At the SSCA gam in Melbourne and local color

As I sit down to write, it’s just before 06:00 on Friday morning and still dark.  Brenda’s alarm went off a few minutes ago and she is really struggling to wake up.  A painful process, complete with more than a little bit of moaning at the tragedy of it all.  So, why, on board a cruising boat, would two retired folks set an alarm, you ask?  Well, today is a big day.  We will be enjoying the Gam in Melbourne FL with our friends from SSCA, the Seven Seas Cruising Association.  I signed us up to help with check-ins and they want us to be there by 07:30.  These days that seems pretty early.  It wasn’t that long ago when I was at work by that time every morning.   My, how times have changed for the crew of Pandora.  I do have to wonder who will show up that early.  Well, we will be among the first to find out.

Brenda and “early” aren’t two things that are generally described in the same sentence as 06:00 is not easy for Brenda, that’s for sure.  I guess that I have used up a few of my “good will points” with a dark beginning for her day today.

The SSCA is a great group with some 8,000 members that are focused on helping cruisers get the most out of their boats and time aboard.   When you ask one of them when it’s the right time to shove off they chant in unison, “JUST GO!”.  While many members of the group live aboard, there are plenty like us that spend a good portion of their year afloat and yet have a land base too.

Several times a year the group has events like the one that we are attending for the next few days and I am looking forward to it.  There will be experts talking about  topics like weather, safety, cruising destinations and other areas related spending time aboard.

In particular, we will have an opportunity to hear from Christ Parker, the weather router that we use.  As weather, and by extension Chris, whom we have never met, is such a big part of our life on the water.  We are particularly excited about hearing what he has to say.  This event, over the next three days, should be a great time.

Speaking of being in Melbourne, I have enjoyed seeing the local sights as I do in each area that we visit.  In particular, the water clarity is much better here so that you can see about 6-8′, which is a lot better than anything we have seen to date on our trip south.  Of course, when we get to the Bahamas the water will be REALLY CLEAR, but for now every little improvement is good.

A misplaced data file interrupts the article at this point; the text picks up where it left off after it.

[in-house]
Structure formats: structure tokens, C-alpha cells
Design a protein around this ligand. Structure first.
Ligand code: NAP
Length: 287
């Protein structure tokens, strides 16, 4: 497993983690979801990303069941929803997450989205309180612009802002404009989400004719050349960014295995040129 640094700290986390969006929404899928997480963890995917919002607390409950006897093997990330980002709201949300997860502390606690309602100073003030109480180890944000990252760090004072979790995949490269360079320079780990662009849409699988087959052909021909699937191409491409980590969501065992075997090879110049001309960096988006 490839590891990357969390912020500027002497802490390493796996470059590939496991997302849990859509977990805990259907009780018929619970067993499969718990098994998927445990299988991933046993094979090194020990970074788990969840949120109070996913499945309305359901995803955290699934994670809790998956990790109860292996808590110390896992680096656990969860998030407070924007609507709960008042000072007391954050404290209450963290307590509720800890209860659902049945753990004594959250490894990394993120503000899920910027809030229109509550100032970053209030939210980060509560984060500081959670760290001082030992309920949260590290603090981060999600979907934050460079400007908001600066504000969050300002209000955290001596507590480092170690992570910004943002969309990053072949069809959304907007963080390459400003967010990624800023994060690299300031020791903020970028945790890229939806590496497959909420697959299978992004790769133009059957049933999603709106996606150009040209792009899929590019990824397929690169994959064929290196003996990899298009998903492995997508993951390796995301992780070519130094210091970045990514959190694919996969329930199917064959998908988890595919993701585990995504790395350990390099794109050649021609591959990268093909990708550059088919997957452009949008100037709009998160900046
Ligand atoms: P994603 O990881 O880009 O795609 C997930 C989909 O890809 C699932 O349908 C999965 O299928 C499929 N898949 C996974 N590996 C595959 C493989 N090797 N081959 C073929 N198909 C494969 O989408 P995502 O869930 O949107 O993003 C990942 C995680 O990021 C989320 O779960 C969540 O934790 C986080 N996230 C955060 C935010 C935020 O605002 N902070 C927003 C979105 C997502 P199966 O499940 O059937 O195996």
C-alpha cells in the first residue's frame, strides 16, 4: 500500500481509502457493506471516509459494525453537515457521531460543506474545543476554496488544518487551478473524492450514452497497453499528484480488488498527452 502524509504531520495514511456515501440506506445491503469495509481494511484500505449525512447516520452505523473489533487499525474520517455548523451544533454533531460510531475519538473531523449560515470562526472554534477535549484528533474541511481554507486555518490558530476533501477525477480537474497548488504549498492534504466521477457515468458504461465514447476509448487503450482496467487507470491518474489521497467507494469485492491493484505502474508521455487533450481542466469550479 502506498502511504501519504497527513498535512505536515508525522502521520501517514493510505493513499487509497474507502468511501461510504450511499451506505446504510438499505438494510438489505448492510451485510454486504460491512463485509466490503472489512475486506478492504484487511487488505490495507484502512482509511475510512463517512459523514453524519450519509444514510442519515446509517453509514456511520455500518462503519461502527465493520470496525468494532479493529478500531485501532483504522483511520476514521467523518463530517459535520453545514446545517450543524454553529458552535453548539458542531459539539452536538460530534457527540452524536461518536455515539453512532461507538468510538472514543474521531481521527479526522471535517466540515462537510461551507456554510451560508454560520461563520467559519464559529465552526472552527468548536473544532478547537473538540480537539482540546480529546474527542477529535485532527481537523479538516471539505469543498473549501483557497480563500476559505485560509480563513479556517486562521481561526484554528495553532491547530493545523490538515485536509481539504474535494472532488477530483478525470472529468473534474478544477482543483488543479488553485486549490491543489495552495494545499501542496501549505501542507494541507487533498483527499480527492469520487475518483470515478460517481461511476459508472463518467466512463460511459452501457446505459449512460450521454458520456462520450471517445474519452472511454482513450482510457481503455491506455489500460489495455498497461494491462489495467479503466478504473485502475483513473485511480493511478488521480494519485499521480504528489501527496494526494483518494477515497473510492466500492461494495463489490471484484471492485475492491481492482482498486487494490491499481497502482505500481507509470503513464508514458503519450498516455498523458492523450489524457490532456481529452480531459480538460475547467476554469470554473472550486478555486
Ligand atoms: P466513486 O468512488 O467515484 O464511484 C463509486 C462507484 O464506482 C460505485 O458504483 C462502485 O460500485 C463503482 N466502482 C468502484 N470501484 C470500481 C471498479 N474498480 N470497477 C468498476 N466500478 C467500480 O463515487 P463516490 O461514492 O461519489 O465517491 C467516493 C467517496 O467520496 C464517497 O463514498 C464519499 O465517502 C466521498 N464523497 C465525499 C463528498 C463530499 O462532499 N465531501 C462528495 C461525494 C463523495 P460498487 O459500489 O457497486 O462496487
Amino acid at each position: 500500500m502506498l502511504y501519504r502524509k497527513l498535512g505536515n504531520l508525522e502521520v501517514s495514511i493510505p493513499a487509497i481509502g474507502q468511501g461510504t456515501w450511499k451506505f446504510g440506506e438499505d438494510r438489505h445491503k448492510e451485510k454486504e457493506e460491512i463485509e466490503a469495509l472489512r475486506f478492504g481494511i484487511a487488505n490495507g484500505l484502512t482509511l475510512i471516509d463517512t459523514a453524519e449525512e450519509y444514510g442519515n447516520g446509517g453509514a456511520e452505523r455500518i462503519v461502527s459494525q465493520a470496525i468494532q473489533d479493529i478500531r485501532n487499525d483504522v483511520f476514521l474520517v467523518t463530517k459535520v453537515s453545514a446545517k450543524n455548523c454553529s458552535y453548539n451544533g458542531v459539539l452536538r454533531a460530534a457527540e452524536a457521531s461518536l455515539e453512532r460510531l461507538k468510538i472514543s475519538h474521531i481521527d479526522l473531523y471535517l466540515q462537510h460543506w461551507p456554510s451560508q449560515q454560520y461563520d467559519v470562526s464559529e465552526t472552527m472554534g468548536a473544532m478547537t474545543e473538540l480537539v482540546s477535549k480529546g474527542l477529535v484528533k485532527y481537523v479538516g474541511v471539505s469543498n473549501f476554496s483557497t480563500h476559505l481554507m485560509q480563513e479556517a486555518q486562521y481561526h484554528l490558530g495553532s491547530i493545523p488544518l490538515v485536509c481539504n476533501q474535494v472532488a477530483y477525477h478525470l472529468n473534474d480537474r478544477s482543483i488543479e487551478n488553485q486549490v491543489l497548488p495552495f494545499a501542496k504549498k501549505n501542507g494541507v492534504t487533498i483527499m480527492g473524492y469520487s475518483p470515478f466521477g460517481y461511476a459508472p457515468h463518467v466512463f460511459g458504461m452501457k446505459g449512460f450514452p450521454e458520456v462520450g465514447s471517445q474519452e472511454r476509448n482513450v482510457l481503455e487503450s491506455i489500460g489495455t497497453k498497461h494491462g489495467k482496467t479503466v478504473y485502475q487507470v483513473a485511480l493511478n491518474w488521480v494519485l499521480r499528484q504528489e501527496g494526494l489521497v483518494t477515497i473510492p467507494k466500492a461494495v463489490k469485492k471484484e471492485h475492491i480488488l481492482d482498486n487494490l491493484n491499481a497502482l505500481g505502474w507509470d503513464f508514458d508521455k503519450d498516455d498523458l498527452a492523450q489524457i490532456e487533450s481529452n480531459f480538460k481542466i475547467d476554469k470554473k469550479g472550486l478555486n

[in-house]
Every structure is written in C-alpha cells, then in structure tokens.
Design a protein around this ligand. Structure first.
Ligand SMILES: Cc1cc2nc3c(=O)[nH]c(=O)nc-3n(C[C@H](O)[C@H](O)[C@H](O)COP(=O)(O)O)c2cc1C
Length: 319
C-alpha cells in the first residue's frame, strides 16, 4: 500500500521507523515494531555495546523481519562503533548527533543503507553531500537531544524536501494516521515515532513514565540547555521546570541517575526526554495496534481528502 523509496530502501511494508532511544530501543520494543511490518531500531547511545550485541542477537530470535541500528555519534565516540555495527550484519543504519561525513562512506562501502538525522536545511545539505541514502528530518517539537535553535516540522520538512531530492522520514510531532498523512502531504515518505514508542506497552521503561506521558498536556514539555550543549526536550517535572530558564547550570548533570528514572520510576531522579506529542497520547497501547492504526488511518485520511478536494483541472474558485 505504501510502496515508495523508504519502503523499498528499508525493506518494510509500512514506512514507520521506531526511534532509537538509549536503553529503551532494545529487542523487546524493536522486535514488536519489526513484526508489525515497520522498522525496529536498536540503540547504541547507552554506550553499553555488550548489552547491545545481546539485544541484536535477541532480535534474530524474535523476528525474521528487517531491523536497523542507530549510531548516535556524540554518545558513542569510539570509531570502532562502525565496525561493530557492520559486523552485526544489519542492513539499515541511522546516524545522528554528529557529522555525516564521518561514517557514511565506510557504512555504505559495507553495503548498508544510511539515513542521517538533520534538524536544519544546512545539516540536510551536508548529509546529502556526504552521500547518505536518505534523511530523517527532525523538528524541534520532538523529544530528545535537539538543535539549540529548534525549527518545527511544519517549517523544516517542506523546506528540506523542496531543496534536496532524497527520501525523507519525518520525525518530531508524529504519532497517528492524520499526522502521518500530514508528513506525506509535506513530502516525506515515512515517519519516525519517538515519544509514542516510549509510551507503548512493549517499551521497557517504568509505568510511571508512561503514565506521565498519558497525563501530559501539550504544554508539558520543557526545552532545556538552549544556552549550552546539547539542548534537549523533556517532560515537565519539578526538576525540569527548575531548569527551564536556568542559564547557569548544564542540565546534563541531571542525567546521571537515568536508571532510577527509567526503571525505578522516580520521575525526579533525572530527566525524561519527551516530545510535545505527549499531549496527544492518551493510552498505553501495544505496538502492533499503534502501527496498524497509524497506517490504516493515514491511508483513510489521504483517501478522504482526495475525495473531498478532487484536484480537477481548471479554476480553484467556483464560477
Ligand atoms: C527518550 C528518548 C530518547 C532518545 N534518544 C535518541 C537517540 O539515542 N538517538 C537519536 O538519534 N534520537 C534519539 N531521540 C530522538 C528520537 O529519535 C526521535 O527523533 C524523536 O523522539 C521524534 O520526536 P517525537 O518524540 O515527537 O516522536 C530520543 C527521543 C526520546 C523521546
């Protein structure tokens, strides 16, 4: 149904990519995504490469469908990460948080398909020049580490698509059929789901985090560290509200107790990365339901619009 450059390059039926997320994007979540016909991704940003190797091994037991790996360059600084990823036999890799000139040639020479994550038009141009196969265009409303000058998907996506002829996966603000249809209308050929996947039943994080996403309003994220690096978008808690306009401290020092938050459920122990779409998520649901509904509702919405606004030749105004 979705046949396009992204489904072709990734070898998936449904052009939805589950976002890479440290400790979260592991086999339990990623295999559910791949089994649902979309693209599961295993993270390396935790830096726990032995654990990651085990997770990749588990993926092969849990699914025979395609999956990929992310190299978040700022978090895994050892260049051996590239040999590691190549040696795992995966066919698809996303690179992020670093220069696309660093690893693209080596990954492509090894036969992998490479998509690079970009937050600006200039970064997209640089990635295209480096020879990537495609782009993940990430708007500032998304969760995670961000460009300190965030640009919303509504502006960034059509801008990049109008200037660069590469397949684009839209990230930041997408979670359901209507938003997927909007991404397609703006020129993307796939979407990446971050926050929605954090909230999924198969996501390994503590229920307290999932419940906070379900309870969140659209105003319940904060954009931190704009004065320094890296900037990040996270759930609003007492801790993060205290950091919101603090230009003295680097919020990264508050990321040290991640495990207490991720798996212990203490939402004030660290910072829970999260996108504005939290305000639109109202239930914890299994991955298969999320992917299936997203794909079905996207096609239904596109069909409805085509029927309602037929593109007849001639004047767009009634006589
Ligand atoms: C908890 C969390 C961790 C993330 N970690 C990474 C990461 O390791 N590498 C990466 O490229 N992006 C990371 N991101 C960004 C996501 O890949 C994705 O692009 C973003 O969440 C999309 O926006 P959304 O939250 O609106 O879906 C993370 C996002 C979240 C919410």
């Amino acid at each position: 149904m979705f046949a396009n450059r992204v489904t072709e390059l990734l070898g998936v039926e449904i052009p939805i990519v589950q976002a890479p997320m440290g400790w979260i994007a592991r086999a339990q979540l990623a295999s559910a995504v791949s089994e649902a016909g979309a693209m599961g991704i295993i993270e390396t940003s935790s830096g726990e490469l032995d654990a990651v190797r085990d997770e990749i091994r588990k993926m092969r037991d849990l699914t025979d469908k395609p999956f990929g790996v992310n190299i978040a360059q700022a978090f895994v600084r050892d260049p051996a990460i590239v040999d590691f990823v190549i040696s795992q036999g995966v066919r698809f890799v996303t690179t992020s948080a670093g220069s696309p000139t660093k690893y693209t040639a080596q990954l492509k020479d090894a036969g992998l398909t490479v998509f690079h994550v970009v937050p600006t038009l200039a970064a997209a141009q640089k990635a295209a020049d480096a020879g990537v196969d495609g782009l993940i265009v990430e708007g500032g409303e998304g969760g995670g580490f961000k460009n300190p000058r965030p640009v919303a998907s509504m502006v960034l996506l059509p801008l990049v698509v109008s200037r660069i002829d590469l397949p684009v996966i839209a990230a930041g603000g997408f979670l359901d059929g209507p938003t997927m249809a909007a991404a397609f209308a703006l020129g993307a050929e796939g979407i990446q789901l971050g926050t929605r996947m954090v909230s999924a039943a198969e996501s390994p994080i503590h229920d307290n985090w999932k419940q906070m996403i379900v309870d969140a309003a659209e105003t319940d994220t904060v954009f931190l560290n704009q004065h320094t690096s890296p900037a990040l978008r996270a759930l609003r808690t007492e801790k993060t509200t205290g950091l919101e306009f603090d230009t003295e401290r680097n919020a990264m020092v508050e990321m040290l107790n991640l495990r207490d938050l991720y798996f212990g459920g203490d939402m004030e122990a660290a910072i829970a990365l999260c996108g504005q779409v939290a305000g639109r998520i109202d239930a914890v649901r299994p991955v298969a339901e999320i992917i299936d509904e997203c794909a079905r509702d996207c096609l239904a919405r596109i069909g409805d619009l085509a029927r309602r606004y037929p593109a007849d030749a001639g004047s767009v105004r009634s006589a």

Around the town dock, thousands of mullet congregate because the pilings and dock structure give them some cover and shade to hide in.  The fish in the schools run from a few inches to around one foot long.   I got a kick out of seeing so many of them in such a small space.  In this part of the school, these are all about a foot long.  This photo doesn’t really show how many there were but trust me when I say that there were plenty. In Florida, it seems that where there are fish, there are dolphins.  Unfortunately, this is the best shot that I could get as they move along really quickly. It was fun to see them work as a group to “corral” fish into a tight space so that they could dash through the group and snap them up for dinner.   One of these days I will get a good photo of one.  This is a distinct improvement as the last time I posted a “dolphin photo” it was nothing more than a swirl in the water, a sort of “where a dolphin used to be” photo.Also, there enjoying the pickings was a heron, standing about four feet tall.  A regal bird.  I was able to get within ten feet before he had had enough of me and flew off. There are quite a few boats anchored near us here for the GAM and it’s fun to see what sort of craft show up.   I was particularly interested in this boat and the funny boxes “perched” on top of the davits on the stern.   This spot on cruising boats is often occupied by solar panels, an important addition to any boat.  What ever it was, it must be important to take up such prime real estate   They looked a lot like cages to me and I couldn’t imagine what could be inside them.  Perhaps they enjoyed fresh poultry, I imagined, or that they were a member of some sort of satanic cult and needed to keep their sacrificial “offerings”on board.  So, what’s a curious cruiser to do?   How to solve the mystery?   Well, of course, just go say HI, and I did.It turns out that they were pet parrots.  I have seen plenty of boat pets but never parrots.  Having said that, I recall seeing pictures of pirates with a parrot perched on their shoulder so perhaps there is a sort of symmetry to all of this.  So, up I went and introduced myself.  Happily, I was invited aboard Equinox for a tour by Dave and Trish and had my first “aquatic parrot moment”.   I should note that Trish, the true parrot lover in the group, didn’t utter “ahoy matey” even once and if she had an eye patch, in the true pirate tradition, she wasn’t wearing it.  It seems that all parrot owners on the high seas aren’t all blood thirsty savages.  Oh well, another myth settled.Trish introduced me to Lucie (Lucifer when she is bad), a Eclectus and Dante, a Congo African Grey.  It seems that a key benefit to the outside cages, beyond giving their charges an excellent view of the area, is that when they (how can I put this delicately?) poop, it goes in the water instead of on the cabin sole.   Wait a minute.  They poop into the water?  What about avian marine sanitation devices?   I hope that the Environmental Police don’t catch “wind” of this.  Hmm…